For large parts of North America, climate change is leading to more frequent drought, warmer weather and other varying natural conditions. What effect this will have on forests and their ability to recover from dynamic disturbances like wildfires or clear-cutting is difficult to determine.

Scientists know relatively little about the mechanics that drive forest recovery. The process can take several decades to document and involves trees with diverse physiological characteristics competing for resources over large and ecologically varied areas.

Strigul and Lienard plan to use LES to help forest managers determine which species of trees and other ecological factors are necessary for forests to reestablish themselves after being destroyed by wildfires and other disturbances.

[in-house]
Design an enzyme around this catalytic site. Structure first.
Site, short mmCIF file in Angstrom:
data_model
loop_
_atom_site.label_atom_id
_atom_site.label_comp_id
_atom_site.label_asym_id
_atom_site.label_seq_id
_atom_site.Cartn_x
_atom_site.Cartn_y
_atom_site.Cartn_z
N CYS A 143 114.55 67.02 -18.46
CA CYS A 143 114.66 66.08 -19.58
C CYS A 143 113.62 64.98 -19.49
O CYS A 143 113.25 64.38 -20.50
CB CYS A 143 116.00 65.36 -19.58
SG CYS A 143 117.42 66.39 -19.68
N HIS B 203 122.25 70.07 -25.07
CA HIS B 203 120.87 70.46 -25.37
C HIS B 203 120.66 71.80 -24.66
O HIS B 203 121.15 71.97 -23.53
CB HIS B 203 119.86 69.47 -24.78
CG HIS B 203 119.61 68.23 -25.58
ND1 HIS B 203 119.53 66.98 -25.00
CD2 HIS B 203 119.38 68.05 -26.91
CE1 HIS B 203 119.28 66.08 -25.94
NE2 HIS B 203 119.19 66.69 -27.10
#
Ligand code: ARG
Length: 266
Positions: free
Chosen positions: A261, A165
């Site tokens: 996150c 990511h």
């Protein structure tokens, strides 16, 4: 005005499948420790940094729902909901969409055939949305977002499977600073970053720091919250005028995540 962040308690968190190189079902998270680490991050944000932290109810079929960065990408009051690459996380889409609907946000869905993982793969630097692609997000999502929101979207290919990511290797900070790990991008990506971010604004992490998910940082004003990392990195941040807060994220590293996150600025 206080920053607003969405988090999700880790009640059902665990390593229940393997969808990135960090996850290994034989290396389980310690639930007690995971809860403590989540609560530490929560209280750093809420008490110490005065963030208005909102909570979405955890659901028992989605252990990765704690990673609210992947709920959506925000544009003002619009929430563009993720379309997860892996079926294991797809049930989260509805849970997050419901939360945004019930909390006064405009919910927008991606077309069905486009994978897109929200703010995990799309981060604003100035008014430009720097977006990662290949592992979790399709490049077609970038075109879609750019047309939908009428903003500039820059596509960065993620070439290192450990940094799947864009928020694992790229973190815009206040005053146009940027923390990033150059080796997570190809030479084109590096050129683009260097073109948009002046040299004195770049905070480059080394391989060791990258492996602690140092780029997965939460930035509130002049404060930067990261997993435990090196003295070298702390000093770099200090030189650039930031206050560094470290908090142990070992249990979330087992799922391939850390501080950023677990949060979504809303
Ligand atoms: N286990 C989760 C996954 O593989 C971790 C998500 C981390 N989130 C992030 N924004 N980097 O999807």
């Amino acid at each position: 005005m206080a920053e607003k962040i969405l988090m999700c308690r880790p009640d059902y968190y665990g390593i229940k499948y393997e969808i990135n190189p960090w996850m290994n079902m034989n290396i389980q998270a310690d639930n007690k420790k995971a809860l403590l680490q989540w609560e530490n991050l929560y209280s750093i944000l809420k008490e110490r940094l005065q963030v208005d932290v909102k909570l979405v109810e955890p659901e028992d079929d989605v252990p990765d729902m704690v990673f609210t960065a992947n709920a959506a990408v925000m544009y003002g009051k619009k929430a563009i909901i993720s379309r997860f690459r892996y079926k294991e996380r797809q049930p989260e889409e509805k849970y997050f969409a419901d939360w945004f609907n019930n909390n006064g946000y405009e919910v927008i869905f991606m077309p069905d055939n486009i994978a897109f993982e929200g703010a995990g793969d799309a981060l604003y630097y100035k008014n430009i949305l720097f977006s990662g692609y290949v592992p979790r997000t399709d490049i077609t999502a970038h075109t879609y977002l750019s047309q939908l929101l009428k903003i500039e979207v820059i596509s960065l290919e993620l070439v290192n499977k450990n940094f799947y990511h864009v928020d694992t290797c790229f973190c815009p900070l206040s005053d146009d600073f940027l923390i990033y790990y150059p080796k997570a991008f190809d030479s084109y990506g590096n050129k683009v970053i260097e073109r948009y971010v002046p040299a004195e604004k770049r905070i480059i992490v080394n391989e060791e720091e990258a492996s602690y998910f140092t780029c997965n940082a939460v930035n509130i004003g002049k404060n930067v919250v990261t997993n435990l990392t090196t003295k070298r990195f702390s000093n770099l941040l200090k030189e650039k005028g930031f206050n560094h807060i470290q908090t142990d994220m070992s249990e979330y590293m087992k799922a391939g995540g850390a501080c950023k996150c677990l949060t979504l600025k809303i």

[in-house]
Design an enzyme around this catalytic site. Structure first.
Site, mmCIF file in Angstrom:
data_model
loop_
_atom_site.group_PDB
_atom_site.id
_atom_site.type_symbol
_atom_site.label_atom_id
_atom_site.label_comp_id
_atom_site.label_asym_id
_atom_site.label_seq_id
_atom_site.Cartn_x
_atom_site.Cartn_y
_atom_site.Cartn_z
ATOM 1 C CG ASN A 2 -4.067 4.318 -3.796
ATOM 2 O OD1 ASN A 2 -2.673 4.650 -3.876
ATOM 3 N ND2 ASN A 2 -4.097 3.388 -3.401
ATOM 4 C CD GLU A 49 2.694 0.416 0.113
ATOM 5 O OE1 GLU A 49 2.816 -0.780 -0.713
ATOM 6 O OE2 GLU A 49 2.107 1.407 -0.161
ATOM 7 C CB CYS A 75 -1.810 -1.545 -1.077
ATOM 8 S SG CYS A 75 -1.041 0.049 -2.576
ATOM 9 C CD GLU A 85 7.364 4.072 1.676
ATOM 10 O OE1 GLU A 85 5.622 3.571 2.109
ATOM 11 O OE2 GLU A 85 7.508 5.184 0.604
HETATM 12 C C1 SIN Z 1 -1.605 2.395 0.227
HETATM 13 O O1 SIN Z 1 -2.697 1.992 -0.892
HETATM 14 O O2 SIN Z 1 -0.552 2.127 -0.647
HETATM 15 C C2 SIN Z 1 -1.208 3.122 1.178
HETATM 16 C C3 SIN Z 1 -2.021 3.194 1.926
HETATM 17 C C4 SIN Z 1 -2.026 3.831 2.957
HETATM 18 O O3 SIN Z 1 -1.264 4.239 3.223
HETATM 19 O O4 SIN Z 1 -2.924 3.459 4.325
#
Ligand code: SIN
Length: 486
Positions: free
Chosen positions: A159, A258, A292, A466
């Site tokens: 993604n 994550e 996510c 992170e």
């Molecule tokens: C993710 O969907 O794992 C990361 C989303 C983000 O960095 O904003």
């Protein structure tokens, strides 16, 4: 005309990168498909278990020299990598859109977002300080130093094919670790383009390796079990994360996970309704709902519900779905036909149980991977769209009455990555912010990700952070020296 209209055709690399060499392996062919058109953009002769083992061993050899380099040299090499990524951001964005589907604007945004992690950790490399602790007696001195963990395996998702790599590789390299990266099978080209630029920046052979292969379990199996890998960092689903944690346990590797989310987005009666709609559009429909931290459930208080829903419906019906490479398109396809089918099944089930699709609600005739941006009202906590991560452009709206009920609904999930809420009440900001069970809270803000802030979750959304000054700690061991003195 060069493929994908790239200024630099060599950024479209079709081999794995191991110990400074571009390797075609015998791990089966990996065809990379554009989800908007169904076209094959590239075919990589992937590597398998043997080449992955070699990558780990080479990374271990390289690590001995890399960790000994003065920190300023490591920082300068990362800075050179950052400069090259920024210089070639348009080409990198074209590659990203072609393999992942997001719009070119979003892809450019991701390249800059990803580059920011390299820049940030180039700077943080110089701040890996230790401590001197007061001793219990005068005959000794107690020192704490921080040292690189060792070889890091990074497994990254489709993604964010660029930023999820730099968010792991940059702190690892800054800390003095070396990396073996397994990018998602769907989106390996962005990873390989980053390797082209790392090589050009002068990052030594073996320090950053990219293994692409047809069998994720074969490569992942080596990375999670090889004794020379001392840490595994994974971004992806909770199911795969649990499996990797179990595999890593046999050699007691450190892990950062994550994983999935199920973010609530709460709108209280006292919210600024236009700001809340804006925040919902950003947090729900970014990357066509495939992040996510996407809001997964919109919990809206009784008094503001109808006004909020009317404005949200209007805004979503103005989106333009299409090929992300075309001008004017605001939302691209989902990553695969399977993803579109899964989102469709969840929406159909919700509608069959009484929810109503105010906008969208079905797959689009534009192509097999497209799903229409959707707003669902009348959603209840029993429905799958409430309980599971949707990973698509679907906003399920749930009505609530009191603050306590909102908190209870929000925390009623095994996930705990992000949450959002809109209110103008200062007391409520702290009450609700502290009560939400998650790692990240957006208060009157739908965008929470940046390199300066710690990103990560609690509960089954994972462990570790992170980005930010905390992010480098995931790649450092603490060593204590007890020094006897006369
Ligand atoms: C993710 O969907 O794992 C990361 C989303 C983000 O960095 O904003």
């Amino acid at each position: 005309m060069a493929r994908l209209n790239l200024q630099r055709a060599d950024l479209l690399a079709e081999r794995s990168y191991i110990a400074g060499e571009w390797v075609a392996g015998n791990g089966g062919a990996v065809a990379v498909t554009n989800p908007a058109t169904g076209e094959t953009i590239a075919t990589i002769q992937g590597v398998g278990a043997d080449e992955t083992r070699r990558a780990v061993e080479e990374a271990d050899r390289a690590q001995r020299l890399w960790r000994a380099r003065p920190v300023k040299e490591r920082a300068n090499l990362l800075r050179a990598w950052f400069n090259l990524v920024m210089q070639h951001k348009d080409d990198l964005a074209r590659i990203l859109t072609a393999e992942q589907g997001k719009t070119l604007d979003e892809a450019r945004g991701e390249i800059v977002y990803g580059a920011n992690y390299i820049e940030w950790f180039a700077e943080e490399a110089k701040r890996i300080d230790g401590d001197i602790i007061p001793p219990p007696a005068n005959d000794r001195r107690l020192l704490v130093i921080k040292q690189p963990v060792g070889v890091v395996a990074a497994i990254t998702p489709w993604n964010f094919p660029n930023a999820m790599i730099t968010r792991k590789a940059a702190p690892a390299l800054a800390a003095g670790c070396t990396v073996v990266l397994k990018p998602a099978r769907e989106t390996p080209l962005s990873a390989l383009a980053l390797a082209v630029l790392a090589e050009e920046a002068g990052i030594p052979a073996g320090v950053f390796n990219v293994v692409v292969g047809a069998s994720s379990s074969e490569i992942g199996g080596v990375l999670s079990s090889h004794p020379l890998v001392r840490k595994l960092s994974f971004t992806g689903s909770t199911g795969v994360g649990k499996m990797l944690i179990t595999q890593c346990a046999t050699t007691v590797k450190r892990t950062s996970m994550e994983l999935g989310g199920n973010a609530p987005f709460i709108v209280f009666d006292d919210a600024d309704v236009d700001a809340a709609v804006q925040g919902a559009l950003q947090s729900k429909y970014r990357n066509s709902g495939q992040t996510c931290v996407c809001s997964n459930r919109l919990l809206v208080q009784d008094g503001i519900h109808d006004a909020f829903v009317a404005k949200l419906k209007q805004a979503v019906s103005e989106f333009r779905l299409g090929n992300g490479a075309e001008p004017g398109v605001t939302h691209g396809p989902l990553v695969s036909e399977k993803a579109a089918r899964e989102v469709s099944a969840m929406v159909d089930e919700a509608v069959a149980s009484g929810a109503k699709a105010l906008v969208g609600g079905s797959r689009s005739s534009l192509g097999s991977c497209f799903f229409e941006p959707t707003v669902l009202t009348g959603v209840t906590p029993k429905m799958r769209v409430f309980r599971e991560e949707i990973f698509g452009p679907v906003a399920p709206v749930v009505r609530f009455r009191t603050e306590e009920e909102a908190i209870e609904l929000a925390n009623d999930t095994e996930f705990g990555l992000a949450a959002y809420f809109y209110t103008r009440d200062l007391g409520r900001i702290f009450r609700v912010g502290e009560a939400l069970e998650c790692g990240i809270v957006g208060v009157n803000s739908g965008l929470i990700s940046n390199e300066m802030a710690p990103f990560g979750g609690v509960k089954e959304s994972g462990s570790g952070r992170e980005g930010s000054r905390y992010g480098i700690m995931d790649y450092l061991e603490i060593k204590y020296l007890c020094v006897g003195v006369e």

“Drive an hour east along the Columbia River from Vancouver and you will notice a complete transition from very dense forests to savanna and then to desert,” Strigul said. “The fear is that drier conditions in the future will prevent forests in places like Washington from reestablishing themselves after a clear-cut or wildfire. This could lead to increasing amounts of once-forested areas converted to desert.

“Our model can help predict if forests are at risk of desertification or other climate change-related processes and identify what can be done to conserve these systems,” he said.

The forest modeling research was partially supported by a grant from the Simons Foundation and a WSU New Faculty SEED grant.